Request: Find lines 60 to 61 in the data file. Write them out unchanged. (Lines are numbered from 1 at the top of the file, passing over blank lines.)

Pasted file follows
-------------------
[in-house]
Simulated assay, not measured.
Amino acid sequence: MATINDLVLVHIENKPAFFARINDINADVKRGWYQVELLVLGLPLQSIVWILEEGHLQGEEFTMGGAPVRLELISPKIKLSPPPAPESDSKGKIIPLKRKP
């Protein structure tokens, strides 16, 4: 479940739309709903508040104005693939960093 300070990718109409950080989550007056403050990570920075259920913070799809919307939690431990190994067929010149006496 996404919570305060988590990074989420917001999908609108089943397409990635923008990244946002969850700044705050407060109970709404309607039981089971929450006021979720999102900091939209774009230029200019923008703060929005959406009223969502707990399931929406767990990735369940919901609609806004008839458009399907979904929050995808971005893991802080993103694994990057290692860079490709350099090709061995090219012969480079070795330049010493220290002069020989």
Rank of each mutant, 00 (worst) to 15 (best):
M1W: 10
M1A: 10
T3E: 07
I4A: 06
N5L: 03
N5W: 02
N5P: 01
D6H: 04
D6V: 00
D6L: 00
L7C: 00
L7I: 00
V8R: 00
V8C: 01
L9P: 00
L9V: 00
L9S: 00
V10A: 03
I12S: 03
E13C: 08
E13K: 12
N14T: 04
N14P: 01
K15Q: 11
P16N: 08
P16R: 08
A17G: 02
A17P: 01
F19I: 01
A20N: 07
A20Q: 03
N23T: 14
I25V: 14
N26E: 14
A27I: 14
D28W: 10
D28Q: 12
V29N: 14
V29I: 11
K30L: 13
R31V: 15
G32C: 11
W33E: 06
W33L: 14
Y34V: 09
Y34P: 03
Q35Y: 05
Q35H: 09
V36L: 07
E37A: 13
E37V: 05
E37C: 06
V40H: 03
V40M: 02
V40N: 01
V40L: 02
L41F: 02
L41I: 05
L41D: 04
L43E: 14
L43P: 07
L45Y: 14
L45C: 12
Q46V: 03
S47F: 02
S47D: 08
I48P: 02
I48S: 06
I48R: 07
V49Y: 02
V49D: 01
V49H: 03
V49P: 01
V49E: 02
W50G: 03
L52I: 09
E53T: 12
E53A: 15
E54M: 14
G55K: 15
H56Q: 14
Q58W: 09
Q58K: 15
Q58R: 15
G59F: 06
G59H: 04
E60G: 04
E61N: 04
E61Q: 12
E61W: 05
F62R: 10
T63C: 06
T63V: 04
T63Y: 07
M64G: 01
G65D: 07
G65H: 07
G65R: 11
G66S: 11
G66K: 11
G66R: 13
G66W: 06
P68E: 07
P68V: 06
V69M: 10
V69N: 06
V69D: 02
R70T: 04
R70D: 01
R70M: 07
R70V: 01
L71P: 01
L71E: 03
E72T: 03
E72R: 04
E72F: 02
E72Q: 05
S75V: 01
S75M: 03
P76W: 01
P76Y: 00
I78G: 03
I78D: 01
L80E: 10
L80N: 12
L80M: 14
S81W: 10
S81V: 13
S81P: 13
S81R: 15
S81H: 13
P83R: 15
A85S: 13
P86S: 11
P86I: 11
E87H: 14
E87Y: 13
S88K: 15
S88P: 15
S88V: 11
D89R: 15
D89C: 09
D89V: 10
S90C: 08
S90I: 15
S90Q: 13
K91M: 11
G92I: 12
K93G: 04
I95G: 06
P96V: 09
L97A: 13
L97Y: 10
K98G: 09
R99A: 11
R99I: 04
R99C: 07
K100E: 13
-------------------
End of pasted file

V40N: 01
V40L: 02